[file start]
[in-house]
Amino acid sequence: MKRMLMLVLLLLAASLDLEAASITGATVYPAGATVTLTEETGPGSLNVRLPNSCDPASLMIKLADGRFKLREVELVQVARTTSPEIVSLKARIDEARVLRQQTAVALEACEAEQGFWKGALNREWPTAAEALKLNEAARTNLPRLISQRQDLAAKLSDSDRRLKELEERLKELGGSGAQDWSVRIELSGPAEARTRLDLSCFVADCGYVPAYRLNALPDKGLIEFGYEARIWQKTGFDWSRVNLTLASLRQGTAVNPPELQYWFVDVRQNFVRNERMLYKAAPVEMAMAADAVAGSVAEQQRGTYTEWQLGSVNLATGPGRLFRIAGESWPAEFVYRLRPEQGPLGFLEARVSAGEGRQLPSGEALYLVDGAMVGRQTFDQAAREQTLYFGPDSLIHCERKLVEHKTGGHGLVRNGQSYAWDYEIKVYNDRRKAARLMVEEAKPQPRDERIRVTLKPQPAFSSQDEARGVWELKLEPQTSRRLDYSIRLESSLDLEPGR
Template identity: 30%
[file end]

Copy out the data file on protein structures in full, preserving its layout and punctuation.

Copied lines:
[in-house]
Amino acid sequence: MKRMLMLVLLLLAASLDLEAASITGATVYPAGATVTLTEETGPGSLNVRLPNSCDPASLMIKLADGRFKLREVELVQVARTTSPEIVSLKARIDEARVLRQQTAVALEACEAEQGFWKGALNREWPTAAEALKLNEAARTNLPRLISQRQDLAAKLSDSDRRLKELEERLKELGGSGAQDWSVRIELSGPAEARTRLDLSCFVADCGYVPAYRLNALPDKGLIEFGYEARIWQKTGFDWSRVNLTLASLRQGTAVNPPELQYWFVDVRQNFVRNERMLYKAAPVEMAMAADAVAGSVAEQQRGTYTEWQLGSVNLATGPGRLFRIAGESWPAEFVYRLRPEQGPLGFLEARVSAGEGRQLPSGEALYLVDGAMVGRQTFDQAAREQTLYFGPDSLIHCERKLVEHKTGGHGLVRNGQSYAWDYEIKVYNDRRKAARLMVEEAKPQPRDERIRVTLKPQPAFSSQDEARGVWELKLEPQTSRRLDYSIRLESSLDLEPGR
Template identity: 30%